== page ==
The point of this assessment is to give Soldiers an idea of what to expect at Ranger School, explained Sgt. 1st Class Kristopher Barnette, a Blacksburg S.C. native, and Ranger-qualified Soldier who helped evaluate the candidates.

>>> Staff Sgt. Trevor Oliveira, a reconnaissance scout platoon sergeant with 5th Battalion, 20th Infantry Regiment, 3rd Brigade, 2nd Infantry Division, does sit-ups during the confidence course portion of the 7th Infantry Division's Ranger School assessment on Joint Base Lewis-McChord July 9, 2013. Photo credit: Sgt. Zachary Gardner

Read more...

July 12, 2013 at 1:37pm

Tomahawks produced plumes of black smoke in classroom

U.S. Soldiers with C Co., 2nd Battalion, 23rd Infantry Regiment, 4-2 SBCT, participate in call-for-fire familiarization training using a call for fire trainer at JBLM July 10. Photo credit: Spc. Reese Von Rogatsz

JOINT BASE LEWIS-MCCHORD, Wash. - Soldiers from 2nd Battalion, 23rd Infantry Regiment "Tomahawks", 4th Stryker Brigade Combat Team, 2nd Infantry Division, took part in call-for-fire familiarization training enhanced by the use of a high-tech simulator, July 10.

The Call for Fire Trainer provides realistic observed fire training in support of all indirect fire and close air support mission tasks across simulated battlefield environments. Its capabilities are used to instruct all levels of personnel in tasks, procedures and mission planning.

"This is as effective as you can get in a classroom setting," said 1st Lt. Scott Hasenpflug, fire support officer with Company C, 2nd Bn., 23rd Inf. Regt.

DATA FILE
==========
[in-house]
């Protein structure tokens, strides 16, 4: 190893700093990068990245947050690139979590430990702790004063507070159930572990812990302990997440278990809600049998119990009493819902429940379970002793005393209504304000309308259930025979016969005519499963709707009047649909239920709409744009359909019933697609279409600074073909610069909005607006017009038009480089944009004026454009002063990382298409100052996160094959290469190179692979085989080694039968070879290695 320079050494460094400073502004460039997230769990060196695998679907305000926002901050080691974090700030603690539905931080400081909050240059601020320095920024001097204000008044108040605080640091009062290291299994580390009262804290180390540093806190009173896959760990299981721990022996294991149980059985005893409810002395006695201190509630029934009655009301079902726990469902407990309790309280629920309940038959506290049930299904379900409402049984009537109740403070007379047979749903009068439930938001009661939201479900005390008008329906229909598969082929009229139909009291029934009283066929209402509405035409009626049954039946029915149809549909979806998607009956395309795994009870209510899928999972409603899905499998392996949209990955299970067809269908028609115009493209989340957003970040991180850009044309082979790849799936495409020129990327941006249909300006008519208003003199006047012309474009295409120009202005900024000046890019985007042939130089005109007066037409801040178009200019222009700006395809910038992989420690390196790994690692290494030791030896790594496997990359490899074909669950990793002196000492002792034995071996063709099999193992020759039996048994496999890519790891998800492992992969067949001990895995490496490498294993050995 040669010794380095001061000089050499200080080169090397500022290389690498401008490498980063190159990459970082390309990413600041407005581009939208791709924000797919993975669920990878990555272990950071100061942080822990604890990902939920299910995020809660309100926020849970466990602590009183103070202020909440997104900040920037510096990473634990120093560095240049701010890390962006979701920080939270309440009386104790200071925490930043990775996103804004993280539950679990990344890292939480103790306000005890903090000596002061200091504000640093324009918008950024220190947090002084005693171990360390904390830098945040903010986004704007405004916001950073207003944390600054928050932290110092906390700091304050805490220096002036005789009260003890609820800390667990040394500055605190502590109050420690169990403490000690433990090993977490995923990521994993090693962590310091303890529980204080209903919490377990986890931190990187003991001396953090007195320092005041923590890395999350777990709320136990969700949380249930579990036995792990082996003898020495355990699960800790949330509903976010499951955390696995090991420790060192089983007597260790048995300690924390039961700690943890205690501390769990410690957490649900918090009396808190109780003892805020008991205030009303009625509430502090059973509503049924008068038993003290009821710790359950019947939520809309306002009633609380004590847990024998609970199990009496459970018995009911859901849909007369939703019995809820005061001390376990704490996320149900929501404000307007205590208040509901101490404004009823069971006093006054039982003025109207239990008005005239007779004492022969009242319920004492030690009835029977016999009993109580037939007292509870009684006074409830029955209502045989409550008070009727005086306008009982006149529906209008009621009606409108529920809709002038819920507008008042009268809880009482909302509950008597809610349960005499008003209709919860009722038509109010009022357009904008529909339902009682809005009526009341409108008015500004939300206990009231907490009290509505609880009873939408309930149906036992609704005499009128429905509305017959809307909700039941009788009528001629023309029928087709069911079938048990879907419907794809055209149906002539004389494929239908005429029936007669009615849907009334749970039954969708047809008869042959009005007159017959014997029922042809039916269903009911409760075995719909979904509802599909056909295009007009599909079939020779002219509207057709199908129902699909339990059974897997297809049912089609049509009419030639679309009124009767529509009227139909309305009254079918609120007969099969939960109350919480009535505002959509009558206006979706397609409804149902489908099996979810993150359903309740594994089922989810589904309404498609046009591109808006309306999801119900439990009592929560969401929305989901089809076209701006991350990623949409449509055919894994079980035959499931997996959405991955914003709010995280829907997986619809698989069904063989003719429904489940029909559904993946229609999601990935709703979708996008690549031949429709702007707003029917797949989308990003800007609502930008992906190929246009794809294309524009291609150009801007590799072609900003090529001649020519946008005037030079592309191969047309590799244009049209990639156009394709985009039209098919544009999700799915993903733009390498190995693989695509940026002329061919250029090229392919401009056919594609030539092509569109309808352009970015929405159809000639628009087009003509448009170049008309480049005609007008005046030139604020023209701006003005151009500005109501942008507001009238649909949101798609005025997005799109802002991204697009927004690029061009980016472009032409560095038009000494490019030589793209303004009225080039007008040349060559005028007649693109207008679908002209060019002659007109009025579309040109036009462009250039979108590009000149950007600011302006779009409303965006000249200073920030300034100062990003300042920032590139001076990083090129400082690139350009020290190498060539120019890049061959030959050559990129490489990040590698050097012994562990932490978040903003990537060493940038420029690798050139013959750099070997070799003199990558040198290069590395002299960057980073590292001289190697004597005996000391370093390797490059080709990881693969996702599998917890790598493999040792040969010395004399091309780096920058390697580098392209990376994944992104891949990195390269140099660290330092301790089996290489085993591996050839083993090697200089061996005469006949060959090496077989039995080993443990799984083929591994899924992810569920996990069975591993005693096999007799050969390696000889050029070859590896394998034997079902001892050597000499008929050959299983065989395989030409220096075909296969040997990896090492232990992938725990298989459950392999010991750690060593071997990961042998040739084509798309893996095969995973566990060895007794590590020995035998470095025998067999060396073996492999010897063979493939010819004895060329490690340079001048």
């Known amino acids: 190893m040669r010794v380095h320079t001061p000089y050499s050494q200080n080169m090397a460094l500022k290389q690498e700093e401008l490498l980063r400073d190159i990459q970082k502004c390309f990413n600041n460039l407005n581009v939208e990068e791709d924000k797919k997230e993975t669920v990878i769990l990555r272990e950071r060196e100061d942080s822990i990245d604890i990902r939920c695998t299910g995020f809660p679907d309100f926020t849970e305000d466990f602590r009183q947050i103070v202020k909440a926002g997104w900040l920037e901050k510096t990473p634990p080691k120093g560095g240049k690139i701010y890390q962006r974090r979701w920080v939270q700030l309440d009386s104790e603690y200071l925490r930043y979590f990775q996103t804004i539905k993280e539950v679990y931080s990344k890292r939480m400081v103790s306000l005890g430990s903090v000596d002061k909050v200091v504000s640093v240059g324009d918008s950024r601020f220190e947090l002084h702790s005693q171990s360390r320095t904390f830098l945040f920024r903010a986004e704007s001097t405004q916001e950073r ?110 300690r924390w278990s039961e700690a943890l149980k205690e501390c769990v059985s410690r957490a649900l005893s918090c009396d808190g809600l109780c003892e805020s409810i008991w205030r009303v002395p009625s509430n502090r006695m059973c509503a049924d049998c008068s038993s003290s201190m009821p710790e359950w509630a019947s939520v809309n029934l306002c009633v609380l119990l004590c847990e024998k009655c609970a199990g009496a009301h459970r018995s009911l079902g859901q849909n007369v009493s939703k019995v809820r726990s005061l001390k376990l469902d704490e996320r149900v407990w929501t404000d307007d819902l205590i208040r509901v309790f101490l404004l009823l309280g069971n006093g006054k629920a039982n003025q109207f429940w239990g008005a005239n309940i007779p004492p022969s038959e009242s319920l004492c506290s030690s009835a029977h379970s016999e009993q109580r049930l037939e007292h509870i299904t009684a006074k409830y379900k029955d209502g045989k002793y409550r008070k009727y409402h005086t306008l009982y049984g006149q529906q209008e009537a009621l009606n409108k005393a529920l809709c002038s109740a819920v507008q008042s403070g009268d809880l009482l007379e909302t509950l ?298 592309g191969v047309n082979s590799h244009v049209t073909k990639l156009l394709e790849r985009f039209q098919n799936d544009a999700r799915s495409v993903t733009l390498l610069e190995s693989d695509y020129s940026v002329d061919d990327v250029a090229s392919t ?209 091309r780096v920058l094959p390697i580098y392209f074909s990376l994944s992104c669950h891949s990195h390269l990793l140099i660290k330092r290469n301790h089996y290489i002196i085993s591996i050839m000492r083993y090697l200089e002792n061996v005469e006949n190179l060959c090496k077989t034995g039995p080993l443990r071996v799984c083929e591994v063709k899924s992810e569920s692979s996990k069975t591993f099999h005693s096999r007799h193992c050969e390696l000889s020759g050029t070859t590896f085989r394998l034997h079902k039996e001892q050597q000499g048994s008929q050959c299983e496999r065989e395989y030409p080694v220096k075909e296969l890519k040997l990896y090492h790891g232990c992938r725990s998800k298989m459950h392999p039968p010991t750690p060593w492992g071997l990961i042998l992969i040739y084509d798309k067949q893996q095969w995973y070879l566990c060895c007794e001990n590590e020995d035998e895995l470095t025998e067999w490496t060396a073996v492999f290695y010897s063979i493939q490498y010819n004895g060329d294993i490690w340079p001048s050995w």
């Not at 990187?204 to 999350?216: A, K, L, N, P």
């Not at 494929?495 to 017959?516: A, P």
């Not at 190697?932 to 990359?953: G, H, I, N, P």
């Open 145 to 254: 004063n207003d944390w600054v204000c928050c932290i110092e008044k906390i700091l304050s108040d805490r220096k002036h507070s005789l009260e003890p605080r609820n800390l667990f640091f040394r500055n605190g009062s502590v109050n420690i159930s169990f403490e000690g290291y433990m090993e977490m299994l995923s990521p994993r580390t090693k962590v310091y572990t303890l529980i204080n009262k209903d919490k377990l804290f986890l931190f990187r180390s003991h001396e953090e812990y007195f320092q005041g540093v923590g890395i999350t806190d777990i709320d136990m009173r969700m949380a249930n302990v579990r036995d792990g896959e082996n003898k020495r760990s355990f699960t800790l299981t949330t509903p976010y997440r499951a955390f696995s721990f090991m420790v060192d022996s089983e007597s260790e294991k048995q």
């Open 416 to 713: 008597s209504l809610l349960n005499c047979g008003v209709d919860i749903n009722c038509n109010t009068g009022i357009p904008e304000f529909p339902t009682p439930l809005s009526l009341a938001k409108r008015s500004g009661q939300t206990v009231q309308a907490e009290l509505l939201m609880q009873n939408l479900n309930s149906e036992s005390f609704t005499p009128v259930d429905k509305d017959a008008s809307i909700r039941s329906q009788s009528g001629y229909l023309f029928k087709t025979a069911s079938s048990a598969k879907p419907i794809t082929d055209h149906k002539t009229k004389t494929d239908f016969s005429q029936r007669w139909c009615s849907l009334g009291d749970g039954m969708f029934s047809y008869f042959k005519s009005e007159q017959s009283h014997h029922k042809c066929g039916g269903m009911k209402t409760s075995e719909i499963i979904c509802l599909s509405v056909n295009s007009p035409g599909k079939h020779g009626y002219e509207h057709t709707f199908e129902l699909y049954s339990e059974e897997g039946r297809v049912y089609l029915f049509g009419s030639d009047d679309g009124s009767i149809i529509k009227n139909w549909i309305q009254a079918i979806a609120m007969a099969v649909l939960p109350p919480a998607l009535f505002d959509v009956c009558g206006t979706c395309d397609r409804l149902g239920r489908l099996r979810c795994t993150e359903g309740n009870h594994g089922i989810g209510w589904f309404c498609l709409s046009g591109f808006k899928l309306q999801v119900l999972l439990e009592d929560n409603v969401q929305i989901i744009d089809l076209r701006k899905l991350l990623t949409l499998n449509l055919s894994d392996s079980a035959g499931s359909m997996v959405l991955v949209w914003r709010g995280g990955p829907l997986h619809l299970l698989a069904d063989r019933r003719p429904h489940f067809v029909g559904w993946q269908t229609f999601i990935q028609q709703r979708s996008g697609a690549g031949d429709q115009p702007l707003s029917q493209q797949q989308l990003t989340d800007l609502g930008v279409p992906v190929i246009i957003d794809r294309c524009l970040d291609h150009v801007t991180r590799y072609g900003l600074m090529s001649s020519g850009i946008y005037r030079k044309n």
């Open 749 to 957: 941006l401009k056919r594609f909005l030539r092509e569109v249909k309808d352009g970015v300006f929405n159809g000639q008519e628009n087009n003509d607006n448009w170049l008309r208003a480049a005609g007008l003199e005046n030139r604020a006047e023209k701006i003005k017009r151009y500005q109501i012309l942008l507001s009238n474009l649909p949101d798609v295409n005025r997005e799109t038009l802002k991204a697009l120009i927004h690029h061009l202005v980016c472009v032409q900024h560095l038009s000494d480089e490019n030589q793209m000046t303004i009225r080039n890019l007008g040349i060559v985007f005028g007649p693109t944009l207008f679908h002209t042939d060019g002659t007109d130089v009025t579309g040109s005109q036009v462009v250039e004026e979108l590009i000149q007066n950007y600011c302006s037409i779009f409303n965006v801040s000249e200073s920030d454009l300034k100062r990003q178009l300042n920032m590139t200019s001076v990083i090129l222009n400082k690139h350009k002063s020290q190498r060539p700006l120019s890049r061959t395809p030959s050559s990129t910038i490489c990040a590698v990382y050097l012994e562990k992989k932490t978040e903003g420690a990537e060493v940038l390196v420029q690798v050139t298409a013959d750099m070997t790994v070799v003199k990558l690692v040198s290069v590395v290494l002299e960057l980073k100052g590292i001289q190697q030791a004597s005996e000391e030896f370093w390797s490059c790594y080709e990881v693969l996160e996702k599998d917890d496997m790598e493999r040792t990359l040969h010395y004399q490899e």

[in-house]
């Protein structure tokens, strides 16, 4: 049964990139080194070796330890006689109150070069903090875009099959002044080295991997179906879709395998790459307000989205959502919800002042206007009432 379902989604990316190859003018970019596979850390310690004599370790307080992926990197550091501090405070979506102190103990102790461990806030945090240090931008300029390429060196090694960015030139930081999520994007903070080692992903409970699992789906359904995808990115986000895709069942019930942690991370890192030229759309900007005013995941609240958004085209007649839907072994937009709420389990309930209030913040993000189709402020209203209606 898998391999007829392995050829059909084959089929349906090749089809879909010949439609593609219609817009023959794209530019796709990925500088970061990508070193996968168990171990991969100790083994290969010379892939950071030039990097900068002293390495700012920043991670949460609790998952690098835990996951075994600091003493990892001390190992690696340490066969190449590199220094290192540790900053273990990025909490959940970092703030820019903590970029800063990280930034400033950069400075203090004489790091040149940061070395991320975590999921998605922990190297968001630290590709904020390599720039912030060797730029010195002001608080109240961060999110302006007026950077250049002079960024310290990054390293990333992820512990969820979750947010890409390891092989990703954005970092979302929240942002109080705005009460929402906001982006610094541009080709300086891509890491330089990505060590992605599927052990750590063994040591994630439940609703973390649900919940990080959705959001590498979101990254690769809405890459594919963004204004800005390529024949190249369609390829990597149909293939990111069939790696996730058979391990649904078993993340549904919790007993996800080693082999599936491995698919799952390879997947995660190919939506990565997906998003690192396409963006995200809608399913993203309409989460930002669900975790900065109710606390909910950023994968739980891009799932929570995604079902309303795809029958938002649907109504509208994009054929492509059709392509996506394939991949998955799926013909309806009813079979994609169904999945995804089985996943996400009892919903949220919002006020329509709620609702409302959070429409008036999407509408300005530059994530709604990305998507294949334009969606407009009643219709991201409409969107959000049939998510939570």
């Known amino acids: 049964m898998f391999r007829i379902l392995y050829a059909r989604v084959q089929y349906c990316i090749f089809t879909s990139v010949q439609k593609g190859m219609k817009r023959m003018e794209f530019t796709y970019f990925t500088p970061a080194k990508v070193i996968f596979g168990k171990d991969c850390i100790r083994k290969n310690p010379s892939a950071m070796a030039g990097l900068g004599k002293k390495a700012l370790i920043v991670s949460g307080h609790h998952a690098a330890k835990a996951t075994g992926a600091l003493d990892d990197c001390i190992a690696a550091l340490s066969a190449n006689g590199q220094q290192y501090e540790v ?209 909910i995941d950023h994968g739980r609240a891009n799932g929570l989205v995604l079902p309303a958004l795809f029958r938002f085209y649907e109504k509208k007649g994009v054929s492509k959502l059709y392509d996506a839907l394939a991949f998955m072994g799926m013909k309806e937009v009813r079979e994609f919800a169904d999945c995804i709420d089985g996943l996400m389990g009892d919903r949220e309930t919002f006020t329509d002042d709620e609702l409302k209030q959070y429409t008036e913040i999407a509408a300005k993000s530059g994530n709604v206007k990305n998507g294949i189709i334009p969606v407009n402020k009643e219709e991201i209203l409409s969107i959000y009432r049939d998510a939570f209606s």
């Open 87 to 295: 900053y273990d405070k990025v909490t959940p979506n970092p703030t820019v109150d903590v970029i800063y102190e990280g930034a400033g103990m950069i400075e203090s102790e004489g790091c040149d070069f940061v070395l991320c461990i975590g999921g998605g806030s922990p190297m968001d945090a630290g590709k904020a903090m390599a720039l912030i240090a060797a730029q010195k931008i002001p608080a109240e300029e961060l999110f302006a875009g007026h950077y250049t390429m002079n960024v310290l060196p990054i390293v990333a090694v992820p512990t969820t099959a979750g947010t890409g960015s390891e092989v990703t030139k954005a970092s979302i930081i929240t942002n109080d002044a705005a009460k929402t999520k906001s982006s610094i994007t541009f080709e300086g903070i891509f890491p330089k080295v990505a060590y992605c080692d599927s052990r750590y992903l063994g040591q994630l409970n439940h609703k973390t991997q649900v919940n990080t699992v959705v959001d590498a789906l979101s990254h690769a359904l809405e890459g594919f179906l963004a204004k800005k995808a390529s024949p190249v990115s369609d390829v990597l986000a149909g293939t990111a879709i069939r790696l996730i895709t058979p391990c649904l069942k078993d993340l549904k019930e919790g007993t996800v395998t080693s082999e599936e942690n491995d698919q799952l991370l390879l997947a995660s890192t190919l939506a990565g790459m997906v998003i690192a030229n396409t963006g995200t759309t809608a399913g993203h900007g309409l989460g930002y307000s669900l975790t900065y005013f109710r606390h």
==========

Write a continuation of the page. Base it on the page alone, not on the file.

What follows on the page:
Read more...

July 6, 2013 at 9:48am

Warrior Forge 2013: Week Two recap

Retired four-star general J.H. Binford Peay III, the superintendent at the Virginia Military Institute, Lexington, Va., toured several training sites during the 2013 Leader Development and Assessment Course June 24 at JBLM. Photo courtesy of LDAC PAO

ROTC cadets from universities across the country are spending the summer at Joint Base Lewis-McChord as part of the U.S. Army Cadet Command Leader Development and Assessment Course, also known as Operation Warrior Forge. The leadership-based course is the Army's largest annual intra-continental training exercise with over 6,000 Cadets in attendance each year and serves as a rite of passage for ROTC Cadets prior to becoming commissioned officers in the Army.

This year's operation is broken down into 13 regiments with 29 days of training for each regiment. During each cycle cadets will undergo four different evaluations that are used for eventual placement on the national order of merit list.

Below are snippets from Warrior Forge week two action as seen through the eyes of the LDAC Public Affairs officers. Enjoy.

Cadets Colangelo and Edminston take top APFT honors